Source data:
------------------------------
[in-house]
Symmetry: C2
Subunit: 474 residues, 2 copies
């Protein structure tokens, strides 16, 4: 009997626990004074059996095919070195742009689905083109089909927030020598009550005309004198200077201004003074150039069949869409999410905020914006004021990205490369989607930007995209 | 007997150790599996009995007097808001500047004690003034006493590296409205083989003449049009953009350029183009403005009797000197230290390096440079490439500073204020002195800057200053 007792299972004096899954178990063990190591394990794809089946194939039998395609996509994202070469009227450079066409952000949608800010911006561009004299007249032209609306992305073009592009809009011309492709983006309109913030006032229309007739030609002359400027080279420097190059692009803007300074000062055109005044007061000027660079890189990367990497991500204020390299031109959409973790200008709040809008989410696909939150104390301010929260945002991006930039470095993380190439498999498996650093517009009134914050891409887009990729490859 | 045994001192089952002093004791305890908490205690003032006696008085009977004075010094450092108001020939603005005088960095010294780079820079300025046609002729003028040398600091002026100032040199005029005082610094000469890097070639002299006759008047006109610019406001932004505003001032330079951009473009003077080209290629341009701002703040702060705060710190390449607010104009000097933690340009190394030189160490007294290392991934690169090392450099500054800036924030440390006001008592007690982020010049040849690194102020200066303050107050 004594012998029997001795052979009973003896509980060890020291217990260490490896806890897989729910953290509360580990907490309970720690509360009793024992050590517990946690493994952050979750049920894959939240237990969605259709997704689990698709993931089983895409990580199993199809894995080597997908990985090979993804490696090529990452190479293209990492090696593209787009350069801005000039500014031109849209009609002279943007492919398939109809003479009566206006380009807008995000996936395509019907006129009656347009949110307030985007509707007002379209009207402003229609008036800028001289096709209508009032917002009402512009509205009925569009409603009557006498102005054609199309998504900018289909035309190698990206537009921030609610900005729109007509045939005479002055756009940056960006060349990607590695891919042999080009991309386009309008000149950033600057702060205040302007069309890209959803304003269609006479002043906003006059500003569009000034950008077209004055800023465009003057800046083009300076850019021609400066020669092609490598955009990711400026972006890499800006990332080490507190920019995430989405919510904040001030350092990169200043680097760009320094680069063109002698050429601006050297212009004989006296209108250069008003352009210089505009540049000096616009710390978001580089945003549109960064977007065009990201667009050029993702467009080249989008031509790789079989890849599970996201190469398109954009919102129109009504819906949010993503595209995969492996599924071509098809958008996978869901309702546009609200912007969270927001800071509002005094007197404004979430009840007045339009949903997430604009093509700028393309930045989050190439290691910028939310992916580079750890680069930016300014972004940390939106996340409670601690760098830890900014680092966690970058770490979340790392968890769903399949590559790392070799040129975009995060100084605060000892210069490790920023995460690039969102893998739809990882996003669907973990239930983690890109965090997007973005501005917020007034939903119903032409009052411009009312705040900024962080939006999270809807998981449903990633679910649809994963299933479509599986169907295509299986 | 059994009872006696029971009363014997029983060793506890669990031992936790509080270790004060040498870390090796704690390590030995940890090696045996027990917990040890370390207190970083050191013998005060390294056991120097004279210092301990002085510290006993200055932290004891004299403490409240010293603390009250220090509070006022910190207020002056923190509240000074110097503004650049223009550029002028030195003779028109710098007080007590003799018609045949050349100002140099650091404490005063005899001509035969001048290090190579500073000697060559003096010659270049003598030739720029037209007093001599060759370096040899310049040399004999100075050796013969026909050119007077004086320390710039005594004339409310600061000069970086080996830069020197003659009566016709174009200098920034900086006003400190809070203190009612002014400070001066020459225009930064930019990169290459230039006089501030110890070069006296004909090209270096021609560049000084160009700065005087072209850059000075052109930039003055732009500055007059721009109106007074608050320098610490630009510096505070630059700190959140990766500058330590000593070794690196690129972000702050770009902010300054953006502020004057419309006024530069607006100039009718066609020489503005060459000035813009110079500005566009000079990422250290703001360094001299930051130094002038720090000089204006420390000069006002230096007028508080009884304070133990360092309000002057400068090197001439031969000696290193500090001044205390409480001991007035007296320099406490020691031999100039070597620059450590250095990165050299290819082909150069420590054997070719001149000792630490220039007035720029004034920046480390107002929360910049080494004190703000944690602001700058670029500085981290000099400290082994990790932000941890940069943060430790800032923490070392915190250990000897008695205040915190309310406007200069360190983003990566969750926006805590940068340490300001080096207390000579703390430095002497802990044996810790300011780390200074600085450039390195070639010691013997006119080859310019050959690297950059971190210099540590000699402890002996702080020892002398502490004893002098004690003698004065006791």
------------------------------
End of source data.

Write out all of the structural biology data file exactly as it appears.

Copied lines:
[in-house]
Symmetry: C2
Subunit: 474 residues, 2 copies
């Protein structure tokens, strides 16, 4: 009997626990004074059996095919070195742009689905083109089909927030020598009550005309004198200077201004003074150039069949869409999410905020914006004021990205490369989607930007995209 | 007997150790599996009995007097808001500047004690003034006493590296409205083989003449049009953009350029183009403005009797000197230290390096440079490439500073204020002195800057200053 007792299972004096899954178990063990190591394990794809089946194939039998395609996509994202070469009227450079066409952000949608800010911006561009004299007249032209609306992305073009592009809009011309492709983006309109913030006032229309007739030609002359400027080279420097190059692009803007300074000062055109005044007061000027660079890189990367990497991500204020390299031109959409973790200008709040809008989410696909939150104390301010929260945002991006930039470095993380190439498999498996650093517009009134914050891409887009990729490859 | 045994001192089952002093004791305890908490205690003032006696008085009977004075010094450092108001020939603005005088960095010294780079820079300025046609002729003028040398600091002026100032040199005029005082610094000469890097070639002299006759008047006109610019406001932004505003001032330079951009473009003077080209290629341009701002703040702060705060710190390449607010104009000097933690340009190394030189160490007294290392991934690169090392450099500054800036924030440390006001008592007690982020010049040849690194102020200066303050107050 004594012998029997001795052979009973003896509980060890020291217990260490490896806890897989729910953290509360580990907490309970720690509360009793024992050590517990946690493994952050979750049920894959939240237990969605259709997704689990698709993931089983895409990580199993199809894995080597997908990985090979993804490696090529990452190479293209990492090696593209787009350069801005000039500014031109849209009609002279943007492919398939109809003479009566206006380009807008995000996936395509019907006129009656347009949110307030985007509707007002379209009207402003229609008036800028001289096709209508009032917002009402512009509205009925569009409603009557006498102005054609199309998504900018289909035309190698990206537009921030609610900005729109007509045939005479002055756009940056960006060349990607590695891919042999080009991309386009309008000149950033600057702060205040302007069309890209959803304003269609006479002043906003006059500003569009000034950008077209004055800023465009003057800046083009300076850019021609400066020669092609490598955009990711400026972006890499800006990332080490507190920019995430989405919510904040001030350092990169200043680097760009320094680069063109002698050429601006050297212009004989006296209108250069008003352009210089505009540049000096616009710390978001580089945003549109960064977007065009990201667009050029993702467009080249989008031509790789079989890849599970996201190469398109954009919102129109009504819906949010993503595209995969492996599924071509098809958008996978869901309702546009609200912007969270927001800071509002005094007197404004979430009840007045339009949903997430604009093509700028393309930045989050190439290691910028939310992916580079750890680069930016300014972004940390939106996340409670601690760098830890900014680092966690970058770490979340790392968890769903399949590559790392070799040129975009995060100084605060000892210069490790920023995460690039969102893998739809990882996003669907973990239930983690890109965090997007973005501005917020007034939903119903032409009052411009009312705040900024962080939006999270809807998981449903990633679910649809994963299933479509599986169907295509299986 | 059994009872006696029971009363014997029983060793506890669990031992936790509080270790004060040498870390090796704690390590030995940890090696045996027990917990040890370390207190970083050191013998005060390294056991120097004279210092301990002085510290006993200055932290004891004299403490409240010293603390009250220090509070006022910190207020002056923190509240000074110097503004650049223009550029002028030195003779028109710098007080007590003799018609045949050349100002140099650091404490005063005899001509035969001048290090190579500073000697060559003096010659270049003598030739720029037209007093001599060759370096040899310049040399004999100075050796013969026909050119007077004086320390710039005594004339409310600061000069970086080996830069020197003659009566016709174009200098920034900086006003400190809070203190009612002014400070001066020459225009930064930019990169290459230039006089501030110890070069006296004909090209270096021609560049000084160009700065005087072209850059000075052109930039003055732009500055007059721009109106007074608050320098610490630009510096505070630059700190959140990766500058330590000593070794690196690129972000702050770009902010300054953006502020004057419309006024530069607006100039009718066609020489503005060459000035813009110079500005566009000079990422250290703001360094001299930051130094002038720090000089204006420390000069006002230096007028508080009884304070133990360092309000002057400068090197001439031969000696290193500090001044205390409480001991007035007296320099406490020691031999100039070597620059450590250095990165050299290819082909150069420590054997070719001149000792630490220039007035720029004034920046480390107002929360910049080494004190703000944690602001700058670029500085981290000099400290082994990790932000941890940069943060430790800032923490070392915190250990000897008695205040915190309310406007200069360190983003990566969750926006805590940068340490300001080096207390000579703390430095002497802990044996810790300011780390200074600085450039390195070639010691013997006119080859310019050959690297950059971190210099540590000699402890002996702080020892002398502490004893002098004690003698004065006791």